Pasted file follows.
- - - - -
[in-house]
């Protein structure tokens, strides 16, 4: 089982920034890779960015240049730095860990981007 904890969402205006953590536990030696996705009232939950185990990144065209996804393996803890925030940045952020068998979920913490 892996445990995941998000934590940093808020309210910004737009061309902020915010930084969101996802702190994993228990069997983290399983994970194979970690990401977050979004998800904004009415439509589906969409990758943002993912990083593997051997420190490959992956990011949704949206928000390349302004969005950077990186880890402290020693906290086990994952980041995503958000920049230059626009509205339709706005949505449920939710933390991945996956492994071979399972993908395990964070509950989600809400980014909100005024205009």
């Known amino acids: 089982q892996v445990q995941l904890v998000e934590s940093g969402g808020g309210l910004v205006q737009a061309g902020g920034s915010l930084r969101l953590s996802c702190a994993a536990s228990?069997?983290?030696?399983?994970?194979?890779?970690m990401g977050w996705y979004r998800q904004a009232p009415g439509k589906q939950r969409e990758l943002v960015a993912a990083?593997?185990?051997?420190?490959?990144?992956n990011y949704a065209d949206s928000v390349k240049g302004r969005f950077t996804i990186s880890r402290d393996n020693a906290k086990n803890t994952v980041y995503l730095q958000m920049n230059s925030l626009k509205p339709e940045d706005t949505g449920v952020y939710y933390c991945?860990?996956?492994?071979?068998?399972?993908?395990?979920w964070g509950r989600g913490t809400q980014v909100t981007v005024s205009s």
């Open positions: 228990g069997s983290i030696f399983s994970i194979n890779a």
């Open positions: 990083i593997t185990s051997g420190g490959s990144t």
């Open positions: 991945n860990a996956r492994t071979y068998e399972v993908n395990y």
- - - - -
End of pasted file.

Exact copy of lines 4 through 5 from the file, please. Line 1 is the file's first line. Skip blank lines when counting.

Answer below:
């Open positions: 228990g069997s983290i030696f399983s994970i194979n890779a």
């Open positions: 990083i593997t185990s051997g420190g490959s990144t």